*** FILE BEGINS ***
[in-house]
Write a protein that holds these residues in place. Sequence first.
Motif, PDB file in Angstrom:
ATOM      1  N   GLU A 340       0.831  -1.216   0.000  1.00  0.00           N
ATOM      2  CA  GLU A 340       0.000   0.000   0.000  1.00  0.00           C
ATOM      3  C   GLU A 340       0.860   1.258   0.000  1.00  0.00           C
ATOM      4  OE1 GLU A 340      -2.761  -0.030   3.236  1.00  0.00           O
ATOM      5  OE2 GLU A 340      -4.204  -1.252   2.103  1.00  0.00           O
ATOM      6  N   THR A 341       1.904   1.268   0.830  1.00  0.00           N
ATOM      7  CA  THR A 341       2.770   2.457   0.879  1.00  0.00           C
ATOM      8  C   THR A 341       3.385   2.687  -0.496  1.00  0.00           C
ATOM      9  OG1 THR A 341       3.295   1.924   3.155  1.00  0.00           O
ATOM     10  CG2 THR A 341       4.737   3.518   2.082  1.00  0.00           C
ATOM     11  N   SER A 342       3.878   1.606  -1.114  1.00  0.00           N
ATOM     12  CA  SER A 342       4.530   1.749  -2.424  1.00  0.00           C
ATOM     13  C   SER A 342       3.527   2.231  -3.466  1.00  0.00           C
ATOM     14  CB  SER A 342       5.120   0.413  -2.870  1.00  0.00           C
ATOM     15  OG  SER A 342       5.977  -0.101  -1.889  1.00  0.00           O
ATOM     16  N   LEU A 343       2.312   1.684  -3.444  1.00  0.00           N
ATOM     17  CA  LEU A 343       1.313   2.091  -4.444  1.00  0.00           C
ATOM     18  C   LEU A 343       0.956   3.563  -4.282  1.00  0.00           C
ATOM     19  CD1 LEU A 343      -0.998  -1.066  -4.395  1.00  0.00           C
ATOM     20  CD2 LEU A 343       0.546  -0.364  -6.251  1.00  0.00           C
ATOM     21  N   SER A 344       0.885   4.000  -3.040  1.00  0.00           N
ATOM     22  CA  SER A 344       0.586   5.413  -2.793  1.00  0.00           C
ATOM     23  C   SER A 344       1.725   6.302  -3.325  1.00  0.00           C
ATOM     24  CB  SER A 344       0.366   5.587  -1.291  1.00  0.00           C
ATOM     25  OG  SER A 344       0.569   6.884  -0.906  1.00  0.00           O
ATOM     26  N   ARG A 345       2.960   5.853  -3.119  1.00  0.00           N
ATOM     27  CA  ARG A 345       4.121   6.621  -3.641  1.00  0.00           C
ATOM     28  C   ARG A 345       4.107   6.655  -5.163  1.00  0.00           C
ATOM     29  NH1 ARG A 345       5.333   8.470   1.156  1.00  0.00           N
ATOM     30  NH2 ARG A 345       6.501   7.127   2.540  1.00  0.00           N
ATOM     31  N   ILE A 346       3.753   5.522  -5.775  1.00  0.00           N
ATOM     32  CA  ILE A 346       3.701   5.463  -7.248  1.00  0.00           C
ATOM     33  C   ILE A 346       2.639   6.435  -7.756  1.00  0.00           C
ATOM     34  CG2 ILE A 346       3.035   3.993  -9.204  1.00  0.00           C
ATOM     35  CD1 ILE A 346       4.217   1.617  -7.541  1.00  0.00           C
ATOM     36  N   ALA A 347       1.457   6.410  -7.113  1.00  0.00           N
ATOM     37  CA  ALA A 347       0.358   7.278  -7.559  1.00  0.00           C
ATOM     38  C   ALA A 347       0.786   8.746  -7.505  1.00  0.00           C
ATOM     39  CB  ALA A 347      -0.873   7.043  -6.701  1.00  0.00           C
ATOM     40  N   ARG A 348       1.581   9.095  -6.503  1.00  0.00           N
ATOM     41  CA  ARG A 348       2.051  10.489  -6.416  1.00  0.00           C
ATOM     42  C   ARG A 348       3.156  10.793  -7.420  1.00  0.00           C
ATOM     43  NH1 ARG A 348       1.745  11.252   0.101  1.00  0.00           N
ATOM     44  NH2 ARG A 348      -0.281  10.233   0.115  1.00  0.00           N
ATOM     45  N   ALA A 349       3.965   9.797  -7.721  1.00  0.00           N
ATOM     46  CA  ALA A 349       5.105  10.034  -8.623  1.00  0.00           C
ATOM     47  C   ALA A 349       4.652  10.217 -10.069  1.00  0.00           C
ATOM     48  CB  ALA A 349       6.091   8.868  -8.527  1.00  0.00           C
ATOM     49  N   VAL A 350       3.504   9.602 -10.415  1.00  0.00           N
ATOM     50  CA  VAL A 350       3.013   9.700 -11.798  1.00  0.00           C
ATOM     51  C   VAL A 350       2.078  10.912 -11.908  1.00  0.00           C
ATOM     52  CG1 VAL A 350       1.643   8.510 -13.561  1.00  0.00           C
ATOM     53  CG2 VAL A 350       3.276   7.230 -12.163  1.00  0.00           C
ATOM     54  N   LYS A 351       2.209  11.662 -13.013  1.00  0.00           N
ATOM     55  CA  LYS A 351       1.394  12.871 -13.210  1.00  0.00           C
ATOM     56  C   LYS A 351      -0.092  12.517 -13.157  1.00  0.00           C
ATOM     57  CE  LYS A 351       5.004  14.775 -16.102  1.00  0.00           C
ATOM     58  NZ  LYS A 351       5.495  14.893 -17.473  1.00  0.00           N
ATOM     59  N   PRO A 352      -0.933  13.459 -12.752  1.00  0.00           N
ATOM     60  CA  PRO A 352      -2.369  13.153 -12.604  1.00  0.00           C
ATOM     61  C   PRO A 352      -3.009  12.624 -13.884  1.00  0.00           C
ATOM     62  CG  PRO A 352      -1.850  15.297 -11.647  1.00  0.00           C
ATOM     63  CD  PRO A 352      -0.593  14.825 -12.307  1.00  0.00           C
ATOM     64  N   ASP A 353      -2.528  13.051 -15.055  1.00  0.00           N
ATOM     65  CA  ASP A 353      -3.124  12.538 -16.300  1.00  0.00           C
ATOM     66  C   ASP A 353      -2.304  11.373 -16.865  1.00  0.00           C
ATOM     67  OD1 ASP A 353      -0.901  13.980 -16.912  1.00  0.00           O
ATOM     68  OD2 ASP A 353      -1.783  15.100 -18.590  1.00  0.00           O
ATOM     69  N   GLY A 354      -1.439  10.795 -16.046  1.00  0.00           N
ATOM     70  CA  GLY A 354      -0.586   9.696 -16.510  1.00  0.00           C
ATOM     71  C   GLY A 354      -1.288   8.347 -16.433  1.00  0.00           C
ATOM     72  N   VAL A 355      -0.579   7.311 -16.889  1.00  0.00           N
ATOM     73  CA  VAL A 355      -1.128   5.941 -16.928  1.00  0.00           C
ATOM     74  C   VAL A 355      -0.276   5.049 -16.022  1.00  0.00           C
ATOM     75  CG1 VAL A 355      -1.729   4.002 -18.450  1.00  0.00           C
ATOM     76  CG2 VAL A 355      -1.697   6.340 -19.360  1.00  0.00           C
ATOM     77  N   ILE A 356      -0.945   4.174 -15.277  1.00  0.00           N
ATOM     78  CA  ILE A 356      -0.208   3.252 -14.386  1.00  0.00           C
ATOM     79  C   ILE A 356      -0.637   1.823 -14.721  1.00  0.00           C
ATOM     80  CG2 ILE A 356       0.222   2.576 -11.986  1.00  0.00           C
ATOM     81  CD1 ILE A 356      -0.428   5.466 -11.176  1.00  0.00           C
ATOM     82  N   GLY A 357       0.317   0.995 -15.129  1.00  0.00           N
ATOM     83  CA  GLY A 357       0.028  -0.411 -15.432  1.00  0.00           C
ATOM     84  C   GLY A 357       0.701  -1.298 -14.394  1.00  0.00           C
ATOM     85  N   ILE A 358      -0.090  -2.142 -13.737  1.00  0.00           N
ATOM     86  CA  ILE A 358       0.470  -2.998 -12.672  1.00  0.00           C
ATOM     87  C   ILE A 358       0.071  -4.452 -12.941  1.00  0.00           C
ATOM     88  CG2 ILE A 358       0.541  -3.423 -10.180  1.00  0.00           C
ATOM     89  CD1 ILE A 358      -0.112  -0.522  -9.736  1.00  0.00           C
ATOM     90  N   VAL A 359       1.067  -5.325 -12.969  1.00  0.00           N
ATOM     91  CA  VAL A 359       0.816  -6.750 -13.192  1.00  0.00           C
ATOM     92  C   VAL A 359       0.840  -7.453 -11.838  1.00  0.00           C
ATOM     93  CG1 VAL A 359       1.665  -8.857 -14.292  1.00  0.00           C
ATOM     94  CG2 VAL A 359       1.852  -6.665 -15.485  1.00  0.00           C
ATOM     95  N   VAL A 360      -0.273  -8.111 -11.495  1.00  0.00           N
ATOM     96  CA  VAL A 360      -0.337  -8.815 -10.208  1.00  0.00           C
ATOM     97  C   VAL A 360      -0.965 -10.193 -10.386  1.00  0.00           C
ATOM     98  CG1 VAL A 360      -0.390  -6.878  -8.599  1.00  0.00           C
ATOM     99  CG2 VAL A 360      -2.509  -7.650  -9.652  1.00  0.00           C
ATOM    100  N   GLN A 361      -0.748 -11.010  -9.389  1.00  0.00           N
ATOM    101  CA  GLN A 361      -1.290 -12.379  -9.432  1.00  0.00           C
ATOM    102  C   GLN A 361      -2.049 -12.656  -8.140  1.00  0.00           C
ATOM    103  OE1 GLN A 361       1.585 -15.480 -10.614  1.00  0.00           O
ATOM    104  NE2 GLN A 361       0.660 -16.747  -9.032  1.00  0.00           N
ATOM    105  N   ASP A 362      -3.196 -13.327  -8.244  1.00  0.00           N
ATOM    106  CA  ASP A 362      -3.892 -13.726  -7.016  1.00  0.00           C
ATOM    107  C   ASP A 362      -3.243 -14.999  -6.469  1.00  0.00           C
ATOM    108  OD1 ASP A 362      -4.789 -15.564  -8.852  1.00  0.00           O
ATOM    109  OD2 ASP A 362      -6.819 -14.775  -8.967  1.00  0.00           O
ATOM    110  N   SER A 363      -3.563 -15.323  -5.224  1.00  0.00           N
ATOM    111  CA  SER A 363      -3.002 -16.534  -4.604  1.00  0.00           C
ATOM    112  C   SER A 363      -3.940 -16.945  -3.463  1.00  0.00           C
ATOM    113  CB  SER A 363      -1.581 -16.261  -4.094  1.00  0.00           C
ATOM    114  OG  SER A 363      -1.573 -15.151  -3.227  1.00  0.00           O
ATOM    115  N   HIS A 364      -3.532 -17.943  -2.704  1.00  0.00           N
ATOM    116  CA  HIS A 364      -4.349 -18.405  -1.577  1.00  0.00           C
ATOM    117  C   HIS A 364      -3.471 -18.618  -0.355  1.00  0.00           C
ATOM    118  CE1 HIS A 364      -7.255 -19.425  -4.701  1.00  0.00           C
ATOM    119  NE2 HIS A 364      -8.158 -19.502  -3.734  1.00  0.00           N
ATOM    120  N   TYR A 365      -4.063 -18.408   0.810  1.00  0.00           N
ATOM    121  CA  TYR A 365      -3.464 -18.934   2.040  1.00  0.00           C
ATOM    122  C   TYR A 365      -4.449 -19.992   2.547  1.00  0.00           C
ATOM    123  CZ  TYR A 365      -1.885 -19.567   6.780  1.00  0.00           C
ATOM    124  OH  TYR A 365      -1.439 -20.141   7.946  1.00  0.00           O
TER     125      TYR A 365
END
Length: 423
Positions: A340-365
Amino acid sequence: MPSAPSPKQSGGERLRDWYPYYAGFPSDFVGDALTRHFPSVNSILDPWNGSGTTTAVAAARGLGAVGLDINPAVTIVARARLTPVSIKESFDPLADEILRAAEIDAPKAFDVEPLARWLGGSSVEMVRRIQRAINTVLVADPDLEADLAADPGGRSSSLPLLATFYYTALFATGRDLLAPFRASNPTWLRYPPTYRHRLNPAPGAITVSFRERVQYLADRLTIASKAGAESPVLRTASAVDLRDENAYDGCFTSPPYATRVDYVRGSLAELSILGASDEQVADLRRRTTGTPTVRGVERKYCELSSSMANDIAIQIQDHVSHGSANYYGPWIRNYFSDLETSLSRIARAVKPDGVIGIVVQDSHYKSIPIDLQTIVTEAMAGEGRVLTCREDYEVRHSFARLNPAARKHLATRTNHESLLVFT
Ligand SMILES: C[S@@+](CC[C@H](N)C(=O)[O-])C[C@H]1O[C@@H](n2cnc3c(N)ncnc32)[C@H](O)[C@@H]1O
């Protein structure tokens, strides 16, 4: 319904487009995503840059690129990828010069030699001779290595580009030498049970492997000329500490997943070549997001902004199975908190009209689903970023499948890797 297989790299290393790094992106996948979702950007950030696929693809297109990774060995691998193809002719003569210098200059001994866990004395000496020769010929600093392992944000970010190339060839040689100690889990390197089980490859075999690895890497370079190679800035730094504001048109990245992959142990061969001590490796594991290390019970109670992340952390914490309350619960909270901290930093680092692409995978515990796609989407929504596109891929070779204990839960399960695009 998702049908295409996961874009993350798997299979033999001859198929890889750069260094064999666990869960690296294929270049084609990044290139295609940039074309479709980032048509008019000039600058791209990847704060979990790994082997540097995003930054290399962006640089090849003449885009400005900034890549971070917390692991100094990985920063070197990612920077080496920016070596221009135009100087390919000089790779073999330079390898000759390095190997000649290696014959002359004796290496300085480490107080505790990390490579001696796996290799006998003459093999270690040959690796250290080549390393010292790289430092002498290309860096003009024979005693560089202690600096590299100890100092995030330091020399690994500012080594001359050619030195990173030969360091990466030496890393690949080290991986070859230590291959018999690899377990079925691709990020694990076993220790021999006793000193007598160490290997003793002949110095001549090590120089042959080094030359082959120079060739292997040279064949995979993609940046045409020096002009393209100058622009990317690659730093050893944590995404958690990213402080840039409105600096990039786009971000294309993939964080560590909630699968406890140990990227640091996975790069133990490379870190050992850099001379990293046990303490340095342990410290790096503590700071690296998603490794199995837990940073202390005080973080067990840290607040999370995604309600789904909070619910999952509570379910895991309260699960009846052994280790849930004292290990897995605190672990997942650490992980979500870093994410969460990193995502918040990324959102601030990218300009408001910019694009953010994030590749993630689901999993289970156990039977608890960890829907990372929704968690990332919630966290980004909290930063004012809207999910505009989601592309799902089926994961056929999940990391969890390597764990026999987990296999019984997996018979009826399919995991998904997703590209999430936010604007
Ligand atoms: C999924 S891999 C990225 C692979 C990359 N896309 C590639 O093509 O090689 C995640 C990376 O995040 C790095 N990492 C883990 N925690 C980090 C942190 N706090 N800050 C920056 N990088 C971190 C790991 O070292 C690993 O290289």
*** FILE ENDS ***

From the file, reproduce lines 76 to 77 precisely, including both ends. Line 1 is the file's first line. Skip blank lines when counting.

ATOM     73  CA  VAL A 355      -1.128   5.941 -16.928  1.00  0.00           C
ATOM     74  C   VAL A 355      -0.276   5.049 -16.022  1.00  0.00           C